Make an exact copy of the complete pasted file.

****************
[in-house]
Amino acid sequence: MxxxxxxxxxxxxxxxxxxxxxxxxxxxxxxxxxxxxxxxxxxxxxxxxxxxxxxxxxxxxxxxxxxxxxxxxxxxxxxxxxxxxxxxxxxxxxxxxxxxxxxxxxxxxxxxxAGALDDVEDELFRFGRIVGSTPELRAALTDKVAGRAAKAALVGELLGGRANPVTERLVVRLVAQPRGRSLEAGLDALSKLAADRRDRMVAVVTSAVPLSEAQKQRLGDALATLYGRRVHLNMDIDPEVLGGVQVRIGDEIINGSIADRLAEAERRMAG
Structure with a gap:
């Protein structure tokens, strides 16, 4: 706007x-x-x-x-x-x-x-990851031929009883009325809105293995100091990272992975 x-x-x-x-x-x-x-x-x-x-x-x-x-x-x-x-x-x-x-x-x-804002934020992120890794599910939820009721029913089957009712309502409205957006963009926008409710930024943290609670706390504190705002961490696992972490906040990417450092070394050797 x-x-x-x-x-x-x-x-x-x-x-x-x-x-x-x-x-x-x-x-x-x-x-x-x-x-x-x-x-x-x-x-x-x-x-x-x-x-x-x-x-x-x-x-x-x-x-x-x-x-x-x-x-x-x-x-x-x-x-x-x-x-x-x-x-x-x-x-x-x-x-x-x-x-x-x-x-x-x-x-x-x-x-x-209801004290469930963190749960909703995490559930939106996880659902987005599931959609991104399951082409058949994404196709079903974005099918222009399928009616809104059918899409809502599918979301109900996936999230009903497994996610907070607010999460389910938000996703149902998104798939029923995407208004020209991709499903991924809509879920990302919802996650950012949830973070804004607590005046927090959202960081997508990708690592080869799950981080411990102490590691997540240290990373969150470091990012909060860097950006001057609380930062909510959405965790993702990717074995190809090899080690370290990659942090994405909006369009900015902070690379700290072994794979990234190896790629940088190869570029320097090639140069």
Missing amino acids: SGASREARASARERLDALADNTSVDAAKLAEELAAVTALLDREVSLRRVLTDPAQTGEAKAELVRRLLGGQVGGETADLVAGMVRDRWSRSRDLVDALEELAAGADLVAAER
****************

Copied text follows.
[in-house]
Amino acid sequence: MxxxxxxxxxxxxxxxxxxxxxxxxxxxxxxxxxxxxxxxxxxxxxxxxxxxxxxxxxxxxxxxxxxxxxxxxxxxxxxxxxxxxxxxxxxxxxxxxxxxxxxxxxxxxxxxxAGALDDVEDELFRFGRIVGSTPELRAALTDKVAGRAAKAALVGELLGGRANPVTERLVVRLVAQPRGRSLEAGLDALSKLAADRRDRMVAVVTSAVPLSEAQKQRLGDALATLYGRRVHLNMDIDPEVLGGVQVRIGDEIINGSIADRLAEAERRMAG
Structure with a gap:
């Protein structure tokens, strides 16, 4: 706007x-x-x-x-x-x-x-990851031929009883009325809105293995100091990272992975 x-x-x-x-x-x-x-x-x-x-x-x-x-x-x-x-x-x-x-x-x-804002934020992120890794599910939820009721029913089957009712309502409205957006963009926008409710930024943290609670706390504190705002961490696992972490906040990417450092070394050797 x-x-x-x-x-x-x-x-x-x-x-x-x-x-x-x-x-x-x-x-x-x-x-x-x-x-x-x-x-x-x-x-x-x-x-x-x-x-x-x-x-x-x-x-x-x-x-x-x-x-x-x-x-x-x-x-x-x-x-x-x-x-x-x-x-x-x-x-x-x-x-x-x-x-x-x-x-x-x-x-x-x-x-x-209801004290469930963190749960909703995490559930939106996880659902987005599931959609991104399951082409058949994404196709079903974005099918222009399928009616809104059918899409809502599918979301109900996936999230009903497994996610907070607010999460389910938000996703149902998104798939029923995407208004020209991709499903991924809509879920990302919802996650950012949830973070804004607590005046927090959202960081997508990708690592080869799950981080411990102490590691997540240290990373969150470091990012909060860097950006001057609380930062909510959405965790993702990717074995190809090899080690370290990659942090994405909006369009900015902070690379700290072994794979990234190896790629940088190869570029320097090639140069």
Missing amino acids: SGASREARASARERLDALADNTSVDAAKLAEELAAVTALLDREVSLRRVLTDPAQTGEAKAELVRRLLGGQVGGETADLVAGMVRDRWSRSRDLVDALEELAAGADLVAAER